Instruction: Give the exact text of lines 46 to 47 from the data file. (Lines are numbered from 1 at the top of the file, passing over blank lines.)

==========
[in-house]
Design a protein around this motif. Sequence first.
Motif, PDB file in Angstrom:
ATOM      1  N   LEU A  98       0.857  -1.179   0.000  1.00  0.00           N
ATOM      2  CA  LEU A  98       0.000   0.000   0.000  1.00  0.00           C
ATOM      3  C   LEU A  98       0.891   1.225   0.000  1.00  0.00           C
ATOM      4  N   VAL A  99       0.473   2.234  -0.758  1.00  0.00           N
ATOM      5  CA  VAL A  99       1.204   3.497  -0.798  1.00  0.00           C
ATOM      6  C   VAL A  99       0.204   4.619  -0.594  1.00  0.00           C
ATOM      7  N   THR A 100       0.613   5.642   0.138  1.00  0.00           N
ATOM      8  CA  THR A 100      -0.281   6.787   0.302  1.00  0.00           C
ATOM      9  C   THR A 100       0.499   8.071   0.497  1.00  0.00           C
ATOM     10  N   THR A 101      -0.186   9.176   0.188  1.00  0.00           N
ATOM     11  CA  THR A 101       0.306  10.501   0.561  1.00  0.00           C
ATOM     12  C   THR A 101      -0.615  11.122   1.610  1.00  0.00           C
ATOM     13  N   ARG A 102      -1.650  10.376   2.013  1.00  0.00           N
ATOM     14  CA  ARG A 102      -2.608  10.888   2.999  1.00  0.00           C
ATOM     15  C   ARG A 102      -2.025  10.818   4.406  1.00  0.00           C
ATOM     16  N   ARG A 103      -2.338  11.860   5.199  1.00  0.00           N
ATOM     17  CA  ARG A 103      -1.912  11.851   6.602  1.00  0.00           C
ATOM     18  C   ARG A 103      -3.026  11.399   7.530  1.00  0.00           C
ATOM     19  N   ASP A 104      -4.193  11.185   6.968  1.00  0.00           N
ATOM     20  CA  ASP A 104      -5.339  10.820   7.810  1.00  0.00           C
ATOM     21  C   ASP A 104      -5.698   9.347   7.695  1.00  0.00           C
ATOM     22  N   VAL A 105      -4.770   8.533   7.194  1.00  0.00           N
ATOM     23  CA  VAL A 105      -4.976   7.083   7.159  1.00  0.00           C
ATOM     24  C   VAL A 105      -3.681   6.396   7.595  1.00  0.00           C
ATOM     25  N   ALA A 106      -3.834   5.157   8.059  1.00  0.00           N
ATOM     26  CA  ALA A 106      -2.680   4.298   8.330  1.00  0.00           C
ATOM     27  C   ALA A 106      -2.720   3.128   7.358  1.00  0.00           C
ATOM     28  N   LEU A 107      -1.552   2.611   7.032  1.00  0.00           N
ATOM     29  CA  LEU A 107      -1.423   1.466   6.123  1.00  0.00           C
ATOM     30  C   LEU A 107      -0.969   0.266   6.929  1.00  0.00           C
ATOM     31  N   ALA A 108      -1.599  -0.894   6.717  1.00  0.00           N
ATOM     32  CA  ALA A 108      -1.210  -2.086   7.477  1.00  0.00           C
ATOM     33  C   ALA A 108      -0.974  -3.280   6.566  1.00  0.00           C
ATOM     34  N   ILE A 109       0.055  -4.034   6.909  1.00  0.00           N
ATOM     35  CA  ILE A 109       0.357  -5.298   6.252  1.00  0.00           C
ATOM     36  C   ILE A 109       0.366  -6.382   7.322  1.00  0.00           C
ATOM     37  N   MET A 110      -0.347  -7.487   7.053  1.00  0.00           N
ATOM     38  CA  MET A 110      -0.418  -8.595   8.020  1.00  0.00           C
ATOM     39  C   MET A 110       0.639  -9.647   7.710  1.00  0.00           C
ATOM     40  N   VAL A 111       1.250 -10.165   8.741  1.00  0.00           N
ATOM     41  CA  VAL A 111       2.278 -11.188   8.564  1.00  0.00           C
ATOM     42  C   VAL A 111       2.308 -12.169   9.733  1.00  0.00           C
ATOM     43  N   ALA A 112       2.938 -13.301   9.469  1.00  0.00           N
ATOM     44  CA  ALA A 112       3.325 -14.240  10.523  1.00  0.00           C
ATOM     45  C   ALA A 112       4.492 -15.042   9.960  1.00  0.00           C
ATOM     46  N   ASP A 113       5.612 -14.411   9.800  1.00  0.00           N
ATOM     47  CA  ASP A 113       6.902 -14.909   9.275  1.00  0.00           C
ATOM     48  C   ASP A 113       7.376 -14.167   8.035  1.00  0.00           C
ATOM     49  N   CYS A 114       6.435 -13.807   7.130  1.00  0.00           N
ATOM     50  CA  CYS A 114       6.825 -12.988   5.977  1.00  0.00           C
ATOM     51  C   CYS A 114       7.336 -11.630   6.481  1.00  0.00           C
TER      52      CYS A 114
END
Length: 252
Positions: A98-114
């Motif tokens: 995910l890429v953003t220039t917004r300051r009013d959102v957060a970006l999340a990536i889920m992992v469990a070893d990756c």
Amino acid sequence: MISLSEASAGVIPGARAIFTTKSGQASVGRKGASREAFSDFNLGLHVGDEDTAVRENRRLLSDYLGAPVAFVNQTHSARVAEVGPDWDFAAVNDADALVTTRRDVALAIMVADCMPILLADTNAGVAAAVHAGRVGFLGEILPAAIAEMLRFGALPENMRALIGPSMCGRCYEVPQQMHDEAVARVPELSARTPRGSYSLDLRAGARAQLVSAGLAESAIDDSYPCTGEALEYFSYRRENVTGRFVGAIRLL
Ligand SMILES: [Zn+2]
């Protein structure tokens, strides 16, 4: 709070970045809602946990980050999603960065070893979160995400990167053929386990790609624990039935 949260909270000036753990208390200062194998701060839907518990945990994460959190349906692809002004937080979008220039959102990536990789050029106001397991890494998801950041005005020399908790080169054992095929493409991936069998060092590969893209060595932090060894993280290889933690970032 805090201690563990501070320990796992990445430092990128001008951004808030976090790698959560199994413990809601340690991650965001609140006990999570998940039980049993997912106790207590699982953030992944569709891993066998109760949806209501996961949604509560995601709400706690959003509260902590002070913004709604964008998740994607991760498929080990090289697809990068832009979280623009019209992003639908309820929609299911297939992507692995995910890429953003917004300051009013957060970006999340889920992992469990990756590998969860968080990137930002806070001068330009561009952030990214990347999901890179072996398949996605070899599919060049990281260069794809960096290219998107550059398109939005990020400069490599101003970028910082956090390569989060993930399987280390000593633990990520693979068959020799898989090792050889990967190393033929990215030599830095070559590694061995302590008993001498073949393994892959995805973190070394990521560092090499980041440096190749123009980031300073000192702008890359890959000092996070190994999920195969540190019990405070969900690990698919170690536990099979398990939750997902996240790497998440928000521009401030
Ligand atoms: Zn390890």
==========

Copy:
ATOM     43  N   ALA A 112       2.938 -13.301   9.469  1.00  0.00           N
ATOM     44  CA  ALA A 112       3.325 -14.240  10.523  1.00  0.00           C